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New York City's Waterfront in Photographs on View at Museum of the City of New York
Diane Cook, Little Red Lighthouse, Fort Washington Park, Manhattan, 2002. Courtesy of the artist.
NEW YORK, NY.- The dramatic transformation of the New York City waterfront from a hub of industry and commerce to a vestigial space reclaimed for recreation and public use will be documented in historic photographs by Berenice Abbott, Andreas Feininger, and David Robbins, and contemporary photographs by Diane Cook and Len Jenshel, in an exhibition on view September 5 through November 29, 2009, at the Museum of the City of New York. The Edge of New York: Waterfront Photographs will spotlight, through 42 photographs on view, the revolution that took place on the waterfront in the 20th century. The historic photographs feature piers and shipping facilities during the 1930s and 1940s when New York City operated the world’s busiest port. In contrast, recent photographs by Diane Cook and Len Jenshel portray the remnants of this once-thriving industrial port—warehouses, train tracks, and gantries—and the current renewal of the city’s shoreline.

The Edge of New York: Waterfront Photographs is organized in recognition of the quadricentennial of Henry Hudson's 1609 voyage, and complements exhibitions at the Museum of the City of New York that helped to launch this city-wide celebration. These include: Amsterdam/New Amsterdam: The Worlds of Henry Hudson, investigating the explorer’s epic journey and the trans-Atlantic links it set into motion, on view through September 27, 2009; Mannahatta/Manhattan: A Natural History of New York City, which re-imagines, through digital and other cutting-edge media, the quiet, wooded island that Hudson encountered in 1609, on view through October 12, 2009; and Dutch Seen: New York Rediscovered, photographs by 13 Dutch artists inspired by Hudson’s voyage and the early Dutch presence in lower Manhattan, on view through September 13, 2009.

The historic photographs on view are a fascinating reminder of the port at its peak, thriving as a center of manufacturing and commercial activity during the 1930s and 1940s, just twenty years before its near-demise. Highlights include:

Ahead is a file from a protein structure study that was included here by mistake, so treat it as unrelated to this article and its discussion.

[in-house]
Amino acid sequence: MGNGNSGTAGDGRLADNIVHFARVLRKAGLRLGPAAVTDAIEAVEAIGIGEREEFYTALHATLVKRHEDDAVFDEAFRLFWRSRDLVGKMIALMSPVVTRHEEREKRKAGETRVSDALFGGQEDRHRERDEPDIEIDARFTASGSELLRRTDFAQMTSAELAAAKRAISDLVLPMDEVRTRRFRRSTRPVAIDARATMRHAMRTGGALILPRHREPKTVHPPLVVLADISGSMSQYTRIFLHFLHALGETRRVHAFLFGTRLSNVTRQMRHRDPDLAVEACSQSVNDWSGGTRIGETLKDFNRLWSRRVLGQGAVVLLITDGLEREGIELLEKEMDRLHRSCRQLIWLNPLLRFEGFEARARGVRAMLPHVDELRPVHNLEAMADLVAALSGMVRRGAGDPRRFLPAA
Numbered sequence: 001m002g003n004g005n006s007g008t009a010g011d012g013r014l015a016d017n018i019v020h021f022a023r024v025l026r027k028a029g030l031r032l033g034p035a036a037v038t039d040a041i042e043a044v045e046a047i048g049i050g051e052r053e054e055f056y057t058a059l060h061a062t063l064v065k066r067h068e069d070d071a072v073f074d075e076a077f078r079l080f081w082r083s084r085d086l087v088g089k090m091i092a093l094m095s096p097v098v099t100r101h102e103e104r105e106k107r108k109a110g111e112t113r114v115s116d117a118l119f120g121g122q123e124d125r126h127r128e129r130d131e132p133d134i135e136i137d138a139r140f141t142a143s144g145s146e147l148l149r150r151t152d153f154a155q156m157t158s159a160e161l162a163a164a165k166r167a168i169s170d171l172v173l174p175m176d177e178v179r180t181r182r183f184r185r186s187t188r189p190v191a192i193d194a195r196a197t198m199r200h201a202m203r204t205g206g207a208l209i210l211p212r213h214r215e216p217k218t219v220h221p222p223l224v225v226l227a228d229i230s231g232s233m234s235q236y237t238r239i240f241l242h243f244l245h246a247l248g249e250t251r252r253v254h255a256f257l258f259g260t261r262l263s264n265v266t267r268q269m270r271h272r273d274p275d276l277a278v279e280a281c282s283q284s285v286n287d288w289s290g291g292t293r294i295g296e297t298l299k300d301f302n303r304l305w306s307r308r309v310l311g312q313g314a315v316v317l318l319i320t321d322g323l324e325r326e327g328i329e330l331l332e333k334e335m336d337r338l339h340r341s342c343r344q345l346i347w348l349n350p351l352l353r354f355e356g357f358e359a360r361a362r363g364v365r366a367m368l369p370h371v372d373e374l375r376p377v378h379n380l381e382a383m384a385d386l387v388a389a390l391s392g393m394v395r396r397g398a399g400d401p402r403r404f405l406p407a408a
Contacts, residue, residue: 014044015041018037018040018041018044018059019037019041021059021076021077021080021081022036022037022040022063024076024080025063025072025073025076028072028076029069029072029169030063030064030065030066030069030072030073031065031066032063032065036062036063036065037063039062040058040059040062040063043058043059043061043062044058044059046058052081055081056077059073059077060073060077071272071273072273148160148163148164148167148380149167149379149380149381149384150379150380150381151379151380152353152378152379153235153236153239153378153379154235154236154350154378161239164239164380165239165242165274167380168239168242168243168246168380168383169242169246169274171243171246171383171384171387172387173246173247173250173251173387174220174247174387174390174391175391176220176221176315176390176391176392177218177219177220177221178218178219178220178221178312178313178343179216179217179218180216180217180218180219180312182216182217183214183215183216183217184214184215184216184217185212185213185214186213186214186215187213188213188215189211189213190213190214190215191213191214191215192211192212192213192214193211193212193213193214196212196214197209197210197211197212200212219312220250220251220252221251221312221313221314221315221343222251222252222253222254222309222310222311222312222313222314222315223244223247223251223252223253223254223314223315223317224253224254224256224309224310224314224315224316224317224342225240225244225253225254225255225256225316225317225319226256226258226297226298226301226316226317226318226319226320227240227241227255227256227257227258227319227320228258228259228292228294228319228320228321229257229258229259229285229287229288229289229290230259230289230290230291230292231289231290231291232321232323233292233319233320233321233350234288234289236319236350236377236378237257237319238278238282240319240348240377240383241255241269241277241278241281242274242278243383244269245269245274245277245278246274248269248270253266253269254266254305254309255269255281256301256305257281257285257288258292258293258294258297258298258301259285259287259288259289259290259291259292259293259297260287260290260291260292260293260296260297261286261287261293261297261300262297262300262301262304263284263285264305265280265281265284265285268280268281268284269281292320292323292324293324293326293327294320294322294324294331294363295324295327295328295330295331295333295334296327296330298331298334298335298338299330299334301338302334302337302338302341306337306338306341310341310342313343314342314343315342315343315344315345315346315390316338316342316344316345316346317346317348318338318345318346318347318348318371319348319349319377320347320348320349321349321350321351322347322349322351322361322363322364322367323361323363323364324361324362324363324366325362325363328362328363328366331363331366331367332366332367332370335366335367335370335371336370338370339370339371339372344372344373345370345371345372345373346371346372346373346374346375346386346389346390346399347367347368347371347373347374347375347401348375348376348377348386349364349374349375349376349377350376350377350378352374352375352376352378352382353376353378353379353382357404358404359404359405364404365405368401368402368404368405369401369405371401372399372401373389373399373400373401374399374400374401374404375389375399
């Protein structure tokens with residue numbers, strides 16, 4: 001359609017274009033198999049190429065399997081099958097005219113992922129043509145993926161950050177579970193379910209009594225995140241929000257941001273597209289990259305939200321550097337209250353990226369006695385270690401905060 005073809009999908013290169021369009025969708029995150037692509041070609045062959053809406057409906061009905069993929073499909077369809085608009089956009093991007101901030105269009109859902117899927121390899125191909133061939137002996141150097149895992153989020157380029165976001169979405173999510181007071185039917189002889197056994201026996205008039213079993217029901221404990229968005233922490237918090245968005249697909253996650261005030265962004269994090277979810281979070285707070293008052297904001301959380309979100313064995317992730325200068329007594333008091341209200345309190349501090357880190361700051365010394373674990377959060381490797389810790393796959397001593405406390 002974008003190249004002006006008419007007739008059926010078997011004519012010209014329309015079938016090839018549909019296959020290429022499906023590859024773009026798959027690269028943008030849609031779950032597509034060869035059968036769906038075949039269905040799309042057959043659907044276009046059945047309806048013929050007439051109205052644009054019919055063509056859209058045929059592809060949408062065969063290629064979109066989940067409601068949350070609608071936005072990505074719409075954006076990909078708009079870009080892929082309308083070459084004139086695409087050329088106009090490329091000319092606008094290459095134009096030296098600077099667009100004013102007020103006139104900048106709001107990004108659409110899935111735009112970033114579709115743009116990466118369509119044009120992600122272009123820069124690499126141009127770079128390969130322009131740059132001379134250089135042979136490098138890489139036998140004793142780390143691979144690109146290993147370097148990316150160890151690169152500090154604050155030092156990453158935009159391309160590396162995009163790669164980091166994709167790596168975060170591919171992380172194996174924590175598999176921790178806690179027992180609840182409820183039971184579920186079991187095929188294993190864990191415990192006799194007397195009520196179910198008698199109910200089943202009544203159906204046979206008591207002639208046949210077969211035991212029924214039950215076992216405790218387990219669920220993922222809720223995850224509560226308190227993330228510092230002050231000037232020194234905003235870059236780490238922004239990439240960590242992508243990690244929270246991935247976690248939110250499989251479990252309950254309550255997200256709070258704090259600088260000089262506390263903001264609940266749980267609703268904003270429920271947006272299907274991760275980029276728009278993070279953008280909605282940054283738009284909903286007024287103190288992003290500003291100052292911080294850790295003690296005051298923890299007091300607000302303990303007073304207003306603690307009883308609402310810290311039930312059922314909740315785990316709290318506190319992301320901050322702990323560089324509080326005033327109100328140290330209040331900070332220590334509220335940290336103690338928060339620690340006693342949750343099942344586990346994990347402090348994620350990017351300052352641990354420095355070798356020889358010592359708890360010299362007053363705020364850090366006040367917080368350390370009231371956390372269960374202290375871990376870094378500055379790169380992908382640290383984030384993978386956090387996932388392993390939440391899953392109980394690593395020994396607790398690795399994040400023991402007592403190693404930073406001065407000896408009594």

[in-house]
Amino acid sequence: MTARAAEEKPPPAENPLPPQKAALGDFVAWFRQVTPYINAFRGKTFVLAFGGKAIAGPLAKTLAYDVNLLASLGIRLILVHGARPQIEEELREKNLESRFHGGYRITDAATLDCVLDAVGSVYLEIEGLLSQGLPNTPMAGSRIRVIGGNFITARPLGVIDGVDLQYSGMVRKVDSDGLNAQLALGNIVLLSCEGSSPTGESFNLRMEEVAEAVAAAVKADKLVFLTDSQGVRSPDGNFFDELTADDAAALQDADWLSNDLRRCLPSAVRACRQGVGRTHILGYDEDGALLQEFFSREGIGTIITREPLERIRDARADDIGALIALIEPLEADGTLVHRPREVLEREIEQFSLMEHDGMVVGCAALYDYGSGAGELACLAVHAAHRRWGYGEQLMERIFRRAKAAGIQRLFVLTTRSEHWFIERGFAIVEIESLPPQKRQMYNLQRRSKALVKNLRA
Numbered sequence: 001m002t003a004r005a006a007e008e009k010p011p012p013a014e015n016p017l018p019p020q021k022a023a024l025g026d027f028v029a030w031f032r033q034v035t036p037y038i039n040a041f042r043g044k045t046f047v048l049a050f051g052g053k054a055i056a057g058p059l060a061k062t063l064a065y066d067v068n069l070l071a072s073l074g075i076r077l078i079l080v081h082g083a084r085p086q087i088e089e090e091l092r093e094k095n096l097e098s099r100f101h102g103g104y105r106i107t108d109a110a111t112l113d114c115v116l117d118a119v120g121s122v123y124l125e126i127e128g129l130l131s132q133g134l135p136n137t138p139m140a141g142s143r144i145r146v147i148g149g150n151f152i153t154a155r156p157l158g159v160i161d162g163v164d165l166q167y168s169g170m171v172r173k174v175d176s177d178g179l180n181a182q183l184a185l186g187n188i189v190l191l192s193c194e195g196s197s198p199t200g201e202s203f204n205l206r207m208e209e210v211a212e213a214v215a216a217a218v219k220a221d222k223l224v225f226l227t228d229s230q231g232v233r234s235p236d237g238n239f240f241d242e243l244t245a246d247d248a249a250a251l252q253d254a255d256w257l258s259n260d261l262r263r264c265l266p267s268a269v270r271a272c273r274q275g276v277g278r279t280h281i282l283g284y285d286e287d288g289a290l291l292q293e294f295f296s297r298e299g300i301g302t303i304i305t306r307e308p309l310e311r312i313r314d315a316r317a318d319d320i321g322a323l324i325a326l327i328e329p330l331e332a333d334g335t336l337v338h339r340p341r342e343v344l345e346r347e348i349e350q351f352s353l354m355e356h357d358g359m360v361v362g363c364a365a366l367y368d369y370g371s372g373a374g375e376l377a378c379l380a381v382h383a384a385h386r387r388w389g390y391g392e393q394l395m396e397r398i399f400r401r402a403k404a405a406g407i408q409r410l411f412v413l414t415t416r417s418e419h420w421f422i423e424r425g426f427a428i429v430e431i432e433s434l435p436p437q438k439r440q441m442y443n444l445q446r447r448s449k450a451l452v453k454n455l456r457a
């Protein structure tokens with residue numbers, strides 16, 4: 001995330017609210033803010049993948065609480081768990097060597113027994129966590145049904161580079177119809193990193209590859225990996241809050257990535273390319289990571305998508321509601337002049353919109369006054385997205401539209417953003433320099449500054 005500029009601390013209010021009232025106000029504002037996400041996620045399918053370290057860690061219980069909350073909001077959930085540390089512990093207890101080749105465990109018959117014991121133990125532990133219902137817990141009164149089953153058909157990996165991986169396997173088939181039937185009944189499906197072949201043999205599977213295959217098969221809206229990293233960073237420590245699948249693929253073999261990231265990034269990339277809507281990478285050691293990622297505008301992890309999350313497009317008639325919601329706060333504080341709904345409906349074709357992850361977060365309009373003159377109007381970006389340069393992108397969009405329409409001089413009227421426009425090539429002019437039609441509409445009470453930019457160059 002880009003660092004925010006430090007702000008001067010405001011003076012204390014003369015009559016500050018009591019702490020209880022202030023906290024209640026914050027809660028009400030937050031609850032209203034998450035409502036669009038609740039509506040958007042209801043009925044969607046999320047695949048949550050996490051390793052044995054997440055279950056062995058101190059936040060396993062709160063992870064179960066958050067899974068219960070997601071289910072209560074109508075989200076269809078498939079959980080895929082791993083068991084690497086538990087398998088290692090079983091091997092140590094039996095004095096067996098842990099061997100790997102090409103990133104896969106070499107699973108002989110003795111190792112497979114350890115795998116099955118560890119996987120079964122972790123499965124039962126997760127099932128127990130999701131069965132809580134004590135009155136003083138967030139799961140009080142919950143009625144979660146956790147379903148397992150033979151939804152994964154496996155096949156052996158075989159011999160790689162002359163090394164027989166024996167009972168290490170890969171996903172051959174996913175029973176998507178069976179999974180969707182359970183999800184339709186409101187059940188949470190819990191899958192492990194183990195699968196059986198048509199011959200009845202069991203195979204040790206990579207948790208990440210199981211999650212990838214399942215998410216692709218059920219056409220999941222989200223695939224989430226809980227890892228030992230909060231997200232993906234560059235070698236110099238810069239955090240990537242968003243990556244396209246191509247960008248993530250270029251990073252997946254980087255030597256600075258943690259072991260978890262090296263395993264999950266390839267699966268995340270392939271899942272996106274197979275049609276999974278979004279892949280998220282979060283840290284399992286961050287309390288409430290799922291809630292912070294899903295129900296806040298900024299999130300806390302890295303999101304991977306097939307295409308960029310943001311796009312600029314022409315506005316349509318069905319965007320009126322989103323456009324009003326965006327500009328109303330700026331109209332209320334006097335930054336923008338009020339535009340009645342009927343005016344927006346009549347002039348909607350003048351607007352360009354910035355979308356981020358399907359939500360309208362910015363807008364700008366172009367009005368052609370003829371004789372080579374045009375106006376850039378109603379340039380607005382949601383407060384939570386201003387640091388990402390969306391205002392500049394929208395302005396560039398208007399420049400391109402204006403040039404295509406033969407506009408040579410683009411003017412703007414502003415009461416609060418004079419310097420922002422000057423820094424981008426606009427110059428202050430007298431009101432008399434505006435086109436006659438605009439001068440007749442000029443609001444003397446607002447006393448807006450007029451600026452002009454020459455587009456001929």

• Original vintage prints from Berenice Abbott’s (1898-1991) celebrated project Changing New York, commissioned by the Museum of the City of New York in 1935 and completed in 1939

• Modern prints from original negatives of photographs by David Robbins (1912-1981), who was employed by the Federal Arts Project, a government-sponsored art program active from 1935-1943. Like the work of other documentary photographers of the day, his photographs often depict “real-life” subject matter, particularly the physical environment where people lived and worked

• Vintage prints by Andreas Feininger (1906-1999), an American photographer who is noted for his black and white images of architecture and street scenes in Manhattan ; Feininger worked as a photojournalist for the Black Star Agency when he first moved to New York in 1939, and later worked as a staff photographer for LIFE magazine (1943-1990)

• Contemporary photographs by Diane Cook and Len Jenshel, two of America ’s foremost landscape photographers; their waterfront photographs, in black and white, and in color, explore over 500 miles of New York ’s shores, including those in Manhattan , Brooklyn, Queens, and Staten Island

A Brief History of New York City ’s Waterfront
New York City’s waterfront has always been essential to the life of the city. The harbor’s protected bay was ideal for lucrative trade, which took place first with Native Americans and ultimately with the rest of the world, providing the economic engine for the city’s growth for the next three centuries. Natural features such as tide-free conditions and the water’s depth allowed ships to easily enter and depart; furthermore, the 578-mile shoreline around New York ’s five boroughs enabled the port to grow considerably over time.